President Taft’s son, Senator Robert Taft, was the 99% winner of the 1940 Ohio Republican primary. This was the beginning of a series of Taft efforts to reach the White House. Seen as a father of modern conservatism, and an author of the terrible Taft-Hartley Act, Taft was the choice of an “unpledged” slate of delegates that won the 1948 Republican primary. Taft also won the 1952 primary.

(Robert Taft)

For 1956, ’60 ’64 and ’68, Favorite Son candidates were the winners in both party primaries in Ohio. The only exception to this outcome was Richard Nixon’s nearly uncontested win in 1960.

The 1964 and ’68 Republican favorite son choice in Ohio was Governor James A. Rhodes. An outspoken so-called “law-and-order” politician, it was Governor Rhodes who ordered the troops in at the killing of anti-war protesters at Kent State in 1970.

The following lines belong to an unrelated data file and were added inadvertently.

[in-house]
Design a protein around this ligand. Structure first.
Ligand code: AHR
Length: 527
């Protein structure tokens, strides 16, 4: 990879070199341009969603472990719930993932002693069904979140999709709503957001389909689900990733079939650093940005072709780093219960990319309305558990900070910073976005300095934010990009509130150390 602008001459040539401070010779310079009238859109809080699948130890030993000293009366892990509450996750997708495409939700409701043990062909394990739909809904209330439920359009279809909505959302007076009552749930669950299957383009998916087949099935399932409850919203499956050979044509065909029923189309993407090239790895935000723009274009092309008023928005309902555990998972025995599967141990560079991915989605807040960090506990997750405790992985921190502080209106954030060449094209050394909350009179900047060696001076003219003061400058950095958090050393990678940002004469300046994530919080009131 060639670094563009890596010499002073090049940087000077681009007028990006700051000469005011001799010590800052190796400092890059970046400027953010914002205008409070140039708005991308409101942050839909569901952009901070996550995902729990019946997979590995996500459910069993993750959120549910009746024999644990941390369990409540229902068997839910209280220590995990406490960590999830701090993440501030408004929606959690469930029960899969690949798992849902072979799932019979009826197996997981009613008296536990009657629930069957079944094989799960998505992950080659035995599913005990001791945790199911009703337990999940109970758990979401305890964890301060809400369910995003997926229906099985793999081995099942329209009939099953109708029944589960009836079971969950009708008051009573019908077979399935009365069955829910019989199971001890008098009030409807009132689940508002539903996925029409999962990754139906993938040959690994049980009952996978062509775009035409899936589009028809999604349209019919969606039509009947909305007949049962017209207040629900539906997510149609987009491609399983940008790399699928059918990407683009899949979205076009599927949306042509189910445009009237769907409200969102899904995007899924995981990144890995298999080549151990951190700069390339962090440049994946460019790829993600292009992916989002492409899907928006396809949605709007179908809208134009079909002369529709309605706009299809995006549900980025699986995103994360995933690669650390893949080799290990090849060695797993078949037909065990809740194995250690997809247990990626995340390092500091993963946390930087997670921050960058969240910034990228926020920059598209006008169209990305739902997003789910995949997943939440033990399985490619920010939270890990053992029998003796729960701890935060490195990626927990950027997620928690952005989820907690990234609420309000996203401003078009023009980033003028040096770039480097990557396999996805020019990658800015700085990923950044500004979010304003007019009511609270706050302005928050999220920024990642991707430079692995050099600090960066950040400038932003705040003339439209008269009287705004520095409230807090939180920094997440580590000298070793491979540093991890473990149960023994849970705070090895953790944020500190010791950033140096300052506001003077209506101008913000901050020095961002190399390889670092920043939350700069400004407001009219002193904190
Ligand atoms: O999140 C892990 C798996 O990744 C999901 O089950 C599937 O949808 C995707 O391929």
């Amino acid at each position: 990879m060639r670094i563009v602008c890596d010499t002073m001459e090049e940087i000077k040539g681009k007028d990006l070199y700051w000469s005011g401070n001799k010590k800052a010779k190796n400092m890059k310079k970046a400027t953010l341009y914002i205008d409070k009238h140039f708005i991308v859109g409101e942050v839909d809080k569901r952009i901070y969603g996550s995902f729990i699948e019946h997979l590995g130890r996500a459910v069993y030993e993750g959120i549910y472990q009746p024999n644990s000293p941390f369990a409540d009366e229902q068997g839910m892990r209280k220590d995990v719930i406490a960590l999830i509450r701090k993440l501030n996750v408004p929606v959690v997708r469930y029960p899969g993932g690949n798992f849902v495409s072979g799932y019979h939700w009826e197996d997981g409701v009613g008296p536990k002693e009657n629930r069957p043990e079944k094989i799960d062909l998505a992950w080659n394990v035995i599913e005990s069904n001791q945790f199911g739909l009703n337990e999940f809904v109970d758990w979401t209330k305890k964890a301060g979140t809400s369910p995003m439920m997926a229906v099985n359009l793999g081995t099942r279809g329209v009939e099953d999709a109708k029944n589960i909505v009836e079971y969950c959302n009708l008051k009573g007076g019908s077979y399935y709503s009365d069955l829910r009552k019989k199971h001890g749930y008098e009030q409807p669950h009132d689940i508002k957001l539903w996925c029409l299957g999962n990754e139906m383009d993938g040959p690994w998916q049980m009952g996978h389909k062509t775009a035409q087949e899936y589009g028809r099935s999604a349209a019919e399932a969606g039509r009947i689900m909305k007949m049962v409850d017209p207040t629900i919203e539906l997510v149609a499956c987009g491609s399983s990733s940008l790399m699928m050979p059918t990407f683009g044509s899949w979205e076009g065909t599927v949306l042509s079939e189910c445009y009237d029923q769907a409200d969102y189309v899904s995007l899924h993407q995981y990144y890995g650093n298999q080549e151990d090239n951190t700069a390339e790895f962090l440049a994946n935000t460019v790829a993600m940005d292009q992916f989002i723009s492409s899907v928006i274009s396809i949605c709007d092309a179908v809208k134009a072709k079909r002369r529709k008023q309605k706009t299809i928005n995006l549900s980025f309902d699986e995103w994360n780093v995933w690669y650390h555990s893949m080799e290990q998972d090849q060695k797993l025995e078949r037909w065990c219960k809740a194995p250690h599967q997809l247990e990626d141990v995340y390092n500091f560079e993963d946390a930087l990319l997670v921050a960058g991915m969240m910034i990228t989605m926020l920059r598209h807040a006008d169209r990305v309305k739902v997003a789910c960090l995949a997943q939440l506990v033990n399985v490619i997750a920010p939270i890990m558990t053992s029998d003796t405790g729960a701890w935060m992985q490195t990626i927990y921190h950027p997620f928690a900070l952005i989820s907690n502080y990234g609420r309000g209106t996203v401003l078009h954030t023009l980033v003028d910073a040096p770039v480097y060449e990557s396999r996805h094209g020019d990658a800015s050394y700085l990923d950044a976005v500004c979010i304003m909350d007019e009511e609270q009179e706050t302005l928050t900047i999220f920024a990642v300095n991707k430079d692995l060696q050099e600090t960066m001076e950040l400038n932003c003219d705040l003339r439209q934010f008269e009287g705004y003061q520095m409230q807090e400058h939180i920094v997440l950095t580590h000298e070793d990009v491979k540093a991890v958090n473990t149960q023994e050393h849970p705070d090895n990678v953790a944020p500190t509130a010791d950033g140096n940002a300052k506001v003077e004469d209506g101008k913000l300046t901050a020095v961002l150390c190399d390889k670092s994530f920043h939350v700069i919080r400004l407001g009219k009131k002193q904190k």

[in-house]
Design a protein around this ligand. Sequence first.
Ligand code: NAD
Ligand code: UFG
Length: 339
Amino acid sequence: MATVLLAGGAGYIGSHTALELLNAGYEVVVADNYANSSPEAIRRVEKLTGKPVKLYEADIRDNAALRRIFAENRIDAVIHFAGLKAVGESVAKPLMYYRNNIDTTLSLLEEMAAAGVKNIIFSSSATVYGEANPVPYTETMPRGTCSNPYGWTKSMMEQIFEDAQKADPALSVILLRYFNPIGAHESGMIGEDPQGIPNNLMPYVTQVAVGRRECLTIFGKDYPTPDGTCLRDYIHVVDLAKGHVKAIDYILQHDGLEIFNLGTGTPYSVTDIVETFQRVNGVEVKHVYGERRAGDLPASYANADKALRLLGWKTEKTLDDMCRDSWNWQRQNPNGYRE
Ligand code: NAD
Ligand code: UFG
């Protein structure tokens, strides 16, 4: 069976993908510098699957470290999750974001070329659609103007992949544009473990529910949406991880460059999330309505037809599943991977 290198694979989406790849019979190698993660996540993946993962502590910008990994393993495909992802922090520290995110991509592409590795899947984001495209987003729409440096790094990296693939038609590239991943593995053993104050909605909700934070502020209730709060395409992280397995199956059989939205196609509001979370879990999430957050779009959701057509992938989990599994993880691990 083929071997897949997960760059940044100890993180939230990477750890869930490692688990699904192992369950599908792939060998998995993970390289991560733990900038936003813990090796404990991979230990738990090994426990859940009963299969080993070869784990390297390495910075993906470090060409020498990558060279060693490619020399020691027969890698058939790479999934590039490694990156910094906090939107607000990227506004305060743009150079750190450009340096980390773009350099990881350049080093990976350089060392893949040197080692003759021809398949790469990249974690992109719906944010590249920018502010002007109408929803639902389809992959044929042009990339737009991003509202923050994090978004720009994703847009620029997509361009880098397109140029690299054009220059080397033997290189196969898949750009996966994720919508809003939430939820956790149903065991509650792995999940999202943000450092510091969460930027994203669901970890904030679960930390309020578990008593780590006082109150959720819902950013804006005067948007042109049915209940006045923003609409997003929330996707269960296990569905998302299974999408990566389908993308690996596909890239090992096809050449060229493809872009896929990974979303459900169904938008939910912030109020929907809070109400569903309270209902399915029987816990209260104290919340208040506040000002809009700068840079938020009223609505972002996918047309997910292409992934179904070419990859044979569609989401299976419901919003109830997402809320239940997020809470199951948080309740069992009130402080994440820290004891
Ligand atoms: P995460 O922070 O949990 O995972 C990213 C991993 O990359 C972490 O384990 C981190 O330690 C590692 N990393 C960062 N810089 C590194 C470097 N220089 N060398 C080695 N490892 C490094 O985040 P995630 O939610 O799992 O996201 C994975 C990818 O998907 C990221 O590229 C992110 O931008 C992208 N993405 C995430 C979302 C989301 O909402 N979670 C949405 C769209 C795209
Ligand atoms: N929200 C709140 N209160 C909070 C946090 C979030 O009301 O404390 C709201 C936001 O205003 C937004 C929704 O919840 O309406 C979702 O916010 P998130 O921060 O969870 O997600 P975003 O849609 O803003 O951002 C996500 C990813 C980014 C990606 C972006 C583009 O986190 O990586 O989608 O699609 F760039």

The Democratic primary was sharply contested in 1972. Party establishment choice Hubert Humphrey was the 41%– 40% winner over liberal Senator George McGovern.

The 2008 Clinton–Obama fight seems an echo of the ’72 race to some degree.

While conservatives Taft and Rhodes had found favor with Ohio Republicans in the World War II and post-war era, a more moderate wing of the party prevailed in 1976. In ’76, incumbent President Gerald Ford beat Ronald Reagan 55%-45%. Not strong for an incumbent, but better than W.H Taft or Hoover had done in the Ohio primary.

The 1980 Democratic primary, contested in June when the race had already been decided, gave President Jimmy Carter a 51% 44% over Ted Kennedy. Another weak showing for an incumbent who would go on to lose.

Democrats in 1984 though went for the challenger to the party establishment. Senator Gary Hart defeated Walter Mondale42%-40%. The wonkish high-tech Hart’s win over a lunch-bucket union regular like Mondale in a state like Ohio showed the weakness of the Mondale campaign.

(Gary Hart)

In 1988, ’92 and ’96, the Ohio primary took place late in the process. Voters in each party primary voted for the eventual nominee of the party.